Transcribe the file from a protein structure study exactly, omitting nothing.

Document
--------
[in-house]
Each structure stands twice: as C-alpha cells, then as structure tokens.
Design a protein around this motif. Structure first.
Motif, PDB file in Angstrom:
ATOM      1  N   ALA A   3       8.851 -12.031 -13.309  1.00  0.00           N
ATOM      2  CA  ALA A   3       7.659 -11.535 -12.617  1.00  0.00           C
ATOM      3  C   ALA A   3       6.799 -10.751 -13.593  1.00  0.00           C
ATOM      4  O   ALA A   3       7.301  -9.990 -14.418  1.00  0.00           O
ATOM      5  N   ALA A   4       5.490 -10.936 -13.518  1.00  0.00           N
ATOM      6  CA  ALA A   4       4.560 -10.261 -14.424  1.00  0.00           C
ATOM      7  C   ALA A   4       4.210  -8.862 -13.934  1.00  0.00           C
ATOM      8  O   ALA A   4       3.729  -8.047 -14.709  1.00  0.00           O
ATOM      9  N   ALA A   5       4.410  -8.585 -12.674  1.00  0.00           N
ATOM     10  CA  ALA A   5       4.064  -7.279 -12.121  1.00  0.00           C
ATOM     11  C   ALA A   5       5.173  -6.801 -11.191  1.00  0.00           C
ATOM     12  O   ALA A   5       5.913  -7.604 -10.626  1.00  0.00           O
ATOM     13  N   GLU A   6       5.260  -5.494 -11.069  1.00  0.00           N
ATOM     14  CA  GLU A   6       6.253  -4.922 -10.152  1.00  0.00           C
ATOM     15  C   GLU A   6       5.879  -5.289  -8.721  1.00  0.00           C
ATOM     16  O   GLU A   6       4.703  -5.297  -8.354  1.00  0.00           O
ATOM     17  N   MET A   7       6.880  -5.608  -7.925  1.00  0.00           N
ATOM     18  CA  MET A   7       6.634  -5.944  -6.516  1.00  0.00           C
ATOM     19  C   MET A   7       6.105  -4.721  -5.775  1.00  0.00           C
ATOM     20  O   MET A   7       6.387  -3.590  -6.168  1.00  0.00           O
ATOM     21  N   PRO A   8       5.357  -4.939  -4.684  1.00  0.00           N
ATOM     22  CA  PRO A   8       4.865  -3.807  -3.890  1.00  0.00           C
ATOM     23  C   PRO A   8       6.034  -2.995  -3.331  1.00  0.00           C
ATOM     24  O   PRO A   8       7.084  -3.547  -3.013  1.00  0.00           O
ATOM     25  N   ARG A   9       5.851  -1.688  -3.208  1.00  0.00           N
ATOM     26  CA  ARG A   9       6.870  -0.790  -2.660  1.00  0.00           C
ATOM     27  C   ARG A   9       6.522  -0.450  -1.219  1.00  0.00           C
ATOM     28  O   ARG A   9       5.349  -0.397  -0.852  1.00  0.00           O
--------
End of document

[in-house]
Each structure stands twice: as C-alpha cells, then as structure tokens.
Design a protein around this motif. Structure first.
Motif, PDB file in Angstrom:
ATOM      1  N   ALA A   3       8.851 -12.031 -13.309  1.00  0.00           N
ATOM      2  CA  ALA A   3       7.659 -11.535 -12.617  1.00  0.00           C
ATOM      3  C   ALA A   3       6.799 -10.751 -13.593  1.00  0.00           C
ATOM      4  O   ALA A   3       7.301  -9.990 -14.418  1.00  0.00           O
ATOM      5  N   ALA A   4       5.490 -10.936 -13.518  1.00  0.00           N
ATOM      6  CA  ALA A   4       4.560 -10.261 -14.424  1.00  0.00           C
ATOM      7  C   ALA A   4       4.210  -8.862 -13.934  1.00  0.00           C
ATOM      8  O   ALA A   4       3.729  -8.047 -14.709  1.00  0.00           O
ATOM      9  N   ALA A   5       4.410  -8.585 -12.674  1.00  0.00           N
ATOM     10  CA  ALA A   5       4.064  -7.279 -12.121  1.00  0.00           C
ATOM     11  C   ALA A   5       5.173  -6.801 -11.191  1.00  0.00           C
ATOM     12  O   ALA A   5       5.913  -7.604 -10.626  1.00  0.00           O
ATOM     13  N   GLU A   6       5.260  -5.494 -11.069  1.00  0.00           N
ATOM     14  CA  GLU A   6       6.253  -4.922 -10.152  1.00  0.00           C
ATOM     15  C   GLU A   6       5.879  -5.289  -8.721  1.00  0.00           C
ATOM     16  O   GLU A   6       4.703  -5.297  -8.354  1.00  0.00           O
ATOM     17  N   MET A   7       6.880  -5.608  -7.925  1.00  0.00           N
ATOM     18  CA  MET A   7       6.634  -5.944  -6.516  1.00  0.00           C
ATOM     19  C   MET A   7       6.105  -4.721  -5.775  1.00  0.00           C
ATOM     20  O   MET A   7       6.387  -3.590  -6.168  1.00  0.00           O
ATOM     21  N   PRO A   8       5.357  -4.939  -4.684  1.00  0.00           N
ATOM     22  CA  PRO A   8       4.865  -3.807  -3.890  1.00  0.00           C
ATOM     23  C   PRO A   8       6.034  -2.995  -3.331  1.00  0.00           C
ATOM     24  O   PRO A   8       7.084  -3.547  -3.013  1.00  0.00           O
ATOM     25  N   ARG A   9       5.851  -1.688  -3.208  1.00  0.00           N
ATOM     26  CA  ARG A   9       6.870  -0.790  -2.660  1.00  0.00           C
ATOM     27  C   ARG A   9       6.522  -0.450  -1.219  1.00  0.00           C
ATOM     28  O   ARG A   9       5.349  -0.397  -0.852  1.00  0.00           O